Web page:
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Wahyu Widowati, Laura Wijaya, Dwi Agustina, Harry Murti, Nurul Fauziah, Sutiman B. Sumitro, M. Aris Widodo and Indra Bachtiar, 2015. Tumoricidal Property of Normoxia and Hypoxia Cell-Free Lysate of Wharton’s Jelly-Mesenchymal Stem Cells Toward Various Cancer Cells. International Journal of Cancer Research, 11: 186-196.

DOI: 10.3923/ijcr.2015.186.196

URL: https://scialert.net/abstract/?doi=ijcr.2015.186.196
 
Received: August 13, 2015; Accepted: September 15, 2015; Published: October 02, 2015



INTRODUCTION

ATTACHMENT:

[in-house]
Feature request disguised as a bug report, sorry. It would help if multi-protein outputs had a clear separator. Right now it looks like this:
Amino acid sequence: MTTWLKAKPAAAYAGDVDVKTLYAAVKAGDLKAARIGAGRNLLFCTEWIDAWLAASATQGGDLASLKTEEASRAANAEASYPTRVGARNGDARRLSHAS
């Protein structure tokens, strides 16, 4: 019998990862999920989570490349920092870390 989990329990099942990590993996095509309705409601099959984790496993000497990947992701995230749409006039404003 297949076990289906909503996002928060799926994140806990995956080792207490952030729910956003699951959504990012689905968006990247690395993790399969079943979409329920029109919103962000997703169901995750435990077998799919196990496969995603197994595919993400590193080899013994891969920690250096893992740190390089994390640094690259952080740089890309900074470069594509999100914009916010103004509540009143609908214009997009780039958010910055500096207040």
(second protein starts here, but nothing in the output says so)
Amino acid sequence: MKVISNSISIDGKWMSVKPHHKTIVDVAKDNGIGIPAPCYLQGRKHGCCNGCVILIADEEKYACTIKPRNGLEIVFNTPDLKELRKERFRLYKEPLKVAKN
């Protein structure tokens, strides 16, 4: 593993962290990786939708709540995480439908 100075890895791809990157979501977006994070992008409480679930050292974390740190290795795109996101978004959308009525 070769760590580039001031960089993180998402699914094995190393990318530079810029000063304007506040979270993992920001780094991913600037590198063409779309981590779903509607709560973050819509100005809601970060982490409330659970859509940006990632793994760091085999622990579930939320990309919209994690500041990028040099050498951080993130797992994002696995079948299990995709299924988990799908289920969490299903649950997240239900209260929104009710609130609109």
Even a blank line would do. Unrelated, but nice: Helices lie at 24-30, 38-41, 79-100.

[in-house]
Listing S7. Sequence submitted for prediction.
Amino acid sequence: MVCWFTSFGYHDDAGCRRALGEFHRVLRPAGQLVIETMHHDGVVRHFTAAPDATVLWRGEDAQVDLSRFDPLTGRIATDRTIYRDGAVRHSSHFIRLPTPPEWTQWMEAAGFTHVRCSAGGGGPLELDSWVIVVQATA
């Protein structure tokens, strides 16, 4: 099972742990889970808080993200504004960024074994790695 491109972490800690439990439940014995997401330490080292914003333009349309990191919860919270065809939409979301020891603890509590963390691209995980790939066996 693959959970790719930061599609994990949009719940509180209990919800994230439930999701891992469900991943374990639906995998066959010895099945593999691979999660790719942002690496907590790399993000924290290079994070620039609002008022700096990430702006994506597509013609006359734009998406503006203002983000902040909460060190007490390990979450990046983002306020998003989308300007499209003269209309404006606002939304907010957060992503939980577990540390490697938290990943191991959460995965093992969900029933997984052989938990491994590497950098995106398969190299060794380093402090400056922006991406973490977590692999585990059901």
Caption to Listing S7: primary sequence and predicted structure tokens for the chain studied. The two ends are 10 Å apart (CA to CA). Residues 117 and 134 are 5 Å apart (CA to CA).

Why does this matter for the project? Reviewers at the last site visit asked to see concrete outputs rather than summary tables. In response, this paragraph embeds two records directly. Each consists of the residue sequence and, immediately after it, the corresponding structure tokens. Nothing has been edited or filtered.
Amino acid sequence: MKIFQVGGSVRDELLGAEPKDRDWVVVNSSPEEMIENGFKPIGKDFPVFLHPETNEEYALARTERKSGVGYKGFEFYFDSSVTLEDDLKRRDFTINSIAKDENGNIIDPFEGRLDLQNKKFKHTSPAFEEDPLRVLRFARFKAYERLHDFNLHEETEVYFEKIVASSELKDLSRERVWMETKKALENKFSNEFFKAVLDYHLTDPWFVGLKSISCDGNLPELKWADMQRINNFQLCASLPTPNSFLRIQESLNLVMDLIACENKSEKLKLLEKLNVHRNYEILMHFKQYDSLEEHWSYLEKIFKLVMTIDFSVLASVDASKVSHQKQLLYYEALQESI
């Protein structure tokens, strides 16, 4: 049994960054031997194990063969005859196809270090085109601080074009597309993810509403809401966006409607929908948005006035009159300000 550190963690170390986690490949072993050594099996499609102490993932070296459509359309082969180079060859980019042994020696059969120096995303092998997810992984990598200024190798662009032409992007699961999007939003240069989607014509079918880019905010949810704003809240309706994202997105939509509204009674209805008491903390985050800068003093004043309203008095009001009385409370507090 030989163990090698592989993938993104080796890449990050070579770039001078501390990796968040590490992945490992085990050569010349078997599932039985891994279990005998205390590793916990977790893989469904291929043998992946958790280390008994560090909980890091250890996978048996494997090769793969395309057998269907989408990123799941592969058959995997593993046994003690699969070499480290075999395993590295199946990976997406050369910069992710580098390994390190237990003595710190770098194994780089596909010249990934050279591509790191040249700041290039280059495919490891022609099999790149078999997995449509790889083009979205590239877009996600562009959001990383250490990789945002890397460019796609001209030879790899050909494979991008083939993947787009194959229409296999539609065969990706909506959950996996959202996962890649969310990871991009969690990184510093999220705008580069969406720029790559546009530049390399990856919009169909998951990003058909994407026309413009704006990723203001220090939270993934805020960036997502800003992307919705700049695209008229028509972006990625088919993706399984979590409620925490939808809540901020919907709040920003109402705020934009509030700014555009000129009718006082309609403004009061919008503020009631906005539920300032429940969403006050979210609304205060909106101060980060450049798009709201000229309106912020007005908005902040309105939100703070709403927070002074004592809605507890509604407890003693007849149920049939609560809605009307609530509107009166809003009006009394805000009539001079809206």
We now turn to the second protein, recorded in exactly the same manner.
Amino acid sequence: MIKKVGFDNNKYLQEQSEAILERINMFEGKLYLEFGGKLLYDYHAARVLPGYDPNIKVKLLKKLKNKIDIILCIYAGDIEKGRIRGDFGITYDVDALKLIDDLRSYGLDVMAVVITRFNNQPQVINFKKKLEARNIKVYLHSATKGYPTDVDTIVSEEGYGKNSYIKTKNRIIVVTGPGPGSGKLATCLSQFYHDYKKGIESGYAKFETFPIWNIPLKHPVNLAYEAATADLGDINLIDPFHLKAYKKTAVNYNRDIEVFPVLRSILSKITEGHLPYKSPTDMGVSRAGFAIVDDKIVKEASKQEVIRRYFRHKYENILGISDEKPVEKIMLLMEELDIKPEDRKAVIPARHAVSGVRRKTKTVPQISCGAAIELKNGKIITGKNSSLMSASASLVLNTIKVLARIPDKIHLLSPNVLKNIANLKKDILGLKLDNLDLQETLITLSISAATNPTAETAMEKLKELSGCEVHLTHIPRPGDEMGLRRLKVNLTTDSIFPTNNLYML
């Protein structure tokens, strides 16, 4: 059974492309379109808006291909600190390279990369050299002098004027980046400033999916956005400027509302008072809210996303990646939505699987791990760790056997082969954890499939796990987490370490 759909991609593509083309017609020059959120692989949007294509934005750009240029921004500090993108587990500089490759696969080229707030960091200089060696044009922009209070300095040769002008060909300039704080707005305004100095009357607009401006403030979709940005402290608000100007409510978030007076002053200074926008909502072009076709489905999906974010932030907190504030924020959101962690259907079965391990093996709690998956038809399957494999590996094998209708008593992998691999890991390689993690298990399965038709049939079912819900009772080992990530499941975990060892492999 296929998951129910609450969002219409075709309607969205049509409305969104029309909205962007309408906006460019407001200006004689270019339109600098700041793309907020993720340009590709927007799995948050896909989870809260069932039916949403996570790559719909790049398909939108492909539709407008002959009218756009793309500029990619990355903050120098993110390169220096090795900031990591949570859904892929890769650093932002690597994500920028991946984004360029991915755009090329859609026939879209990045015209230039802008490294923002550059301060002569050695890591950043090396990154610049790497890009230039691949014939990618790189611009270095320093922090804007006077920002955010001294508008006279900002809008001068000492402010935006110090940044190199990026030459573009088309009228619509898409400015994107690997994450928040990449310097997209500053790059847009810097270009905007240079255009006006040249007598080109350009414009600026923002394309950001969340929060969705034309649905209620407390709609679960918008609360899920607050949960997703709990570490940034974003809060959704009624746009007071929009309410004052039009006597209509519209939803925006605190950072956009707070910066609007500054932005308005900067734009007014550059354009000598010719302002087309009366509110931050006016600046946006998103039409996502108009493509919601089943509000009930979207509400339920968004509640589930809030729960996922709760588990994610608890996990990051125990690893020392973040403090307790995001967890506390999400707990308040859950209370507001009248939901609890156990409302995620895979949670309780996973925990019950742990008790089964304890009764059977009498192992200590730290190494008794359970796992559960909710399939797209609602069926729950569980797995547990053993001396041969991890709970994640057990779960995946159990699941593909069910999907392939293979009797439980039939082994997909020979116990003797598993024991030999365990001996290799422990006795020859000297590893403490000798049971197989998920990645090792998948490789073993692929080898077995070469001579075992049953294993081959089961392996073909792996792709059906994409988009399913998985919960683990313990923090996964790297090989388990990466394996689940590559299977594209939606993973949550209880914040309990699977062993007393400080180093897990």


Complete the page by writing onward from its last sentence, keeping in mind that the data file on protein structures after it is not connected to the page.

Cancer is one of the leading causes of mortality and morbidity throughout the world. It is one of the most common life-threatening disease, as in some countries such as United States it is estimated that one in four deaths is due to cancer (Siegel et al., 2013). Radiotherapy, chemotherapy, surgery and oncolytic viruses recently reported as current promising treatments for human cancer (Komarova et al., 2006; Vile et al., 2002; Xia et al., 2011). Despite these improved therapy strategies, many cancers remain unresponsive to the treatments. Hence, the new ideal and promising therapeutic strategies are still urgently needed (Siegel et al., 2013; Xia et al., 2011; Jemal et al., 2007). Directly target the tumors in both primary and metastatic sites as well as able to act locally over a sustained period of time, cell-based therapies have great potential as the new prosperous cancer treatment (Kucerova et al., 2007).